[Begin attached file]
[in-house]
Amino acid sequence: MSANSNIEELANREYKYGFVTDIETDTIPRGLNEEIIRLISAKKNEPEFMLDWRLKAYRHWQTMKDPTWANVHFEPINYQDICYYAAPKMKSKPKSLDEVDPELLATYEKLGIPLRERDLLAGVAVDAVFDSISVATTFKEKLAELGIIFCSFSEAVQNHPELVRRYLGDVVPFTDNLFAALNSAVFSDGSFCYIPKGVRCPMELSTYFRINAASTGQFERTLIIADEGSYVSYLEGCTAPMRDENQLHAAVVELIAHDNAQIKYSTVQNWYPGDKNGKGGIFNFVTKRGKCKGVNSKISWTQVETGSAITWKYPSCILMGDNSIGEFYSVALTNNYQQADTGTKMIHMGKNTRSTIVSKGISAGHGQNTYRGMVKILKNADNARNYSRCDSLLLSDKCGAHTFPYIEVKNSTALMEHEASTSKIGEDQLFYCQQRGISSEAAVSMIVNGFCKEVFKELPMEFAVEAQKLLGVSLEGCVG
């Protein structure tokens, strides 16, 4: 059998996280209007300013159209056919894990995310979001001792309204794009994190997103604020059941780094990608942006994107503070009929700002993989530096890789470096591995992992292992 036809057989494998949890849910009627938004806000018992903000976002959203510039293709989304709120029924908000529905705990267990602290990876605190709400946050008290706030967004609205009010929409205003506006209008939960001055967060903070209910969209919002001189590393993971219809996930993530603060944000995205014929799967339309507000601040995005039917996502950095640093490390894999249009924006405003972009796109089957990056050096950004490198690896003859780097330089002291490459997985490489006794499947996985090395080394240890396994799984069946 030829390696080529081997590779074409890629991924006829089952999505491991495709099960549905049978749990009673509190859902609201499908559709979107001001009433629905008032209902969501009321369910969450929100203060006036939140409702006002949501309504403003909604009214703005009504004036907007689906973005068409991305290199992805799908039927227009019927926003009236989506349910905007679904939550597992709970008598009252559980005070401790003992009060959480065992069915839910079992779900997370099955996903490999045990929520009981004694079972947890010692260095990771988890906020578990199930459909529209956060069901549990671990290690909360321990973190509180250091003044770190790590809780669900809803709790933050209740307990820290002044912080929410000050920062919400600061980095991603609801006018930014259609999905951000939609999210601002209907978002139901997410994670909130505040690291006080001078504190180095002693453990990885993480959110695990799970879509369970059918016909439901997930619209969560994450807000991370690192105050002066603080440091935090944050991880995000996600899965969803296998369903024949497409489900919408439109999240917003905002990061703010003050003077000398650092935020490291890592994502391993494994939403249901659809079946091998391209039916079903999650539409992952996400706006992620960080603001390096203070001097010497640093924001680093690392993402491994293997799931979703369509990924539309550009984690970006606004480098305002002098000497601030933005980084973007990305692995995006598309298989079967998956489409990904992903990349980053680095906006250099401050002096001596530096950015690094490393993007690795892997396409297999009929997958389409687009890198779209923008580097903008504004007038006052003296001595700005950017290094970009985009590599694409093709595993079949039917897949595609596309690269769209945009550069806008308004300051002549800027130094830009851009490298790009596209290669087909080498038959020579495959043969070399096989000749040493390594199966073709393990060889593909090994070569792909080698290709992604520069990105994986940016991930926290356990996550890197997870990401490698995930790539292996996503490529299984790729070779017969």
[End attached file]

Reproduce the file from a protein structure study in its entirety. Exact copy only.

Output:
[in-house]
Amino acid sequence: MSANSNIEELANREYKYGFVTDIETDTIPRGLNEEIIRLISAKKNEPEFMLDWRLKAYRHWQTMKDPTWANVHFEPINYQDICYYAAPKMKSKPKSLDEVDPELLATYEKLGIPLRERDLLAGVAVDAVFDSISVATTFKEKLAELGIIFCSFSEAVQNHPELVRRYLGDVVPFTDNLFAALNSAVFSDGSFCYIPKGVRCPMELSTYFRINAASTGQFERTLIIADEGSYVSYLEGCTAPMRDENQLHAAVVELIAHDNAQIKYSTVQNWYPGDKNGKGGIFNFVTKRGKCKGVNSKISWTQVETGSAITWKYPSCILMGDNSIGEFYSVALTNNYQQADTGTKMIHMGKNTRSTIVSKGISAGHGQNTYRGMVKILKNADNARNYSRCDSLLLSDKCGAHTFPYIEVKNSTALMEHEASTSKIGEDQLFYCQQRGISSEAAVSMIVNGFCKEVFKELPMEFAVEAQKLLGVSLEGCVG
């Protein structure tokens, strides 16, 4: 059998996280209007300013159209056919894990995310979001001792309204794009994190997103604020059941780094990608942006994107503070009929700002993989530096890789470096591995992992292992 036809057989494998949890849910009627938004806000018992903000976002959203510039293709989304709120029924908000529905705990267990602290990876605190709400946050008290706030967004609205009010929409205003506006209008939960001055967060903070209910969209919002001189590393993971219809996930993530603060944000995205014929799967339309507000601040995005039917996502950095640093490390894999249009924006405003972009796109089957990056050096950004490198690896003859780097330089002291490459997985490489006794499947996985090395080394240890396994799984069946 030829390696080529081997590779074409890629991924006829089952999505491991495709099960549905049978749990009673509190859902609201499908559709979107001001009433629905008032209902969501009321369910969450929100203060006036939140409702006002949501309504403003909604009214703005009504004036907007689906973005068409991305290199992805799908039927227009019927926003009236989506349910905007679904939550597992709970008598009252559980005070401790003992009060959480065992069915839910079992779900997370099955996903490999045990929520009981004694079972947890010692260095990771988890906020578990199930459909529209956060069901549990671990290690909360321990973190509180250091003044770190790590809780669900809803709790933050209740307990820290002044912080929410000050920062919400600061980095991603609801006018930014259609999905951000939609999210601002209907978002139901997410994670909130505040690291006080001078504190180095002693453990990885993480959110695990799970879509369970059918016909439901997930619209969560994450807000991370690192105050002066603080440091935090944050991880995000996600899965969803296998369903024949497409489900919408439109999240917003905002990061703010003050003077000398650092935020490291890592994502391993494994939403249901659809079946091998391209039916079903999650539409992952996400706006992620960080603001390096203070001097010497640093924001680093690392993402491994293997799931979703369509990924539309550009984690970006606004480098305002002098000497601030933005980084973007990305692995995006598309298989079967998956489409990904992903990349980053680095906006250099401050002096001596530096950015690094490393993007690795892997396409297999009929997958389409687009890198779209923008580097903008504004007038006052003296001595700005950017290094970009985009590599694409093709595993079949039917897949595609596309690269769209945009550069806008308004300051002549800027130094830009851009490298790009596209290669087909080498038959020579495959043969070399096989000749040493390594199966073709393990060889593909090994070569792909080698290709992604520069990105994986940016991930926290356990996550890197997870990401490698995930790539292996996503490529299984790729070779017969």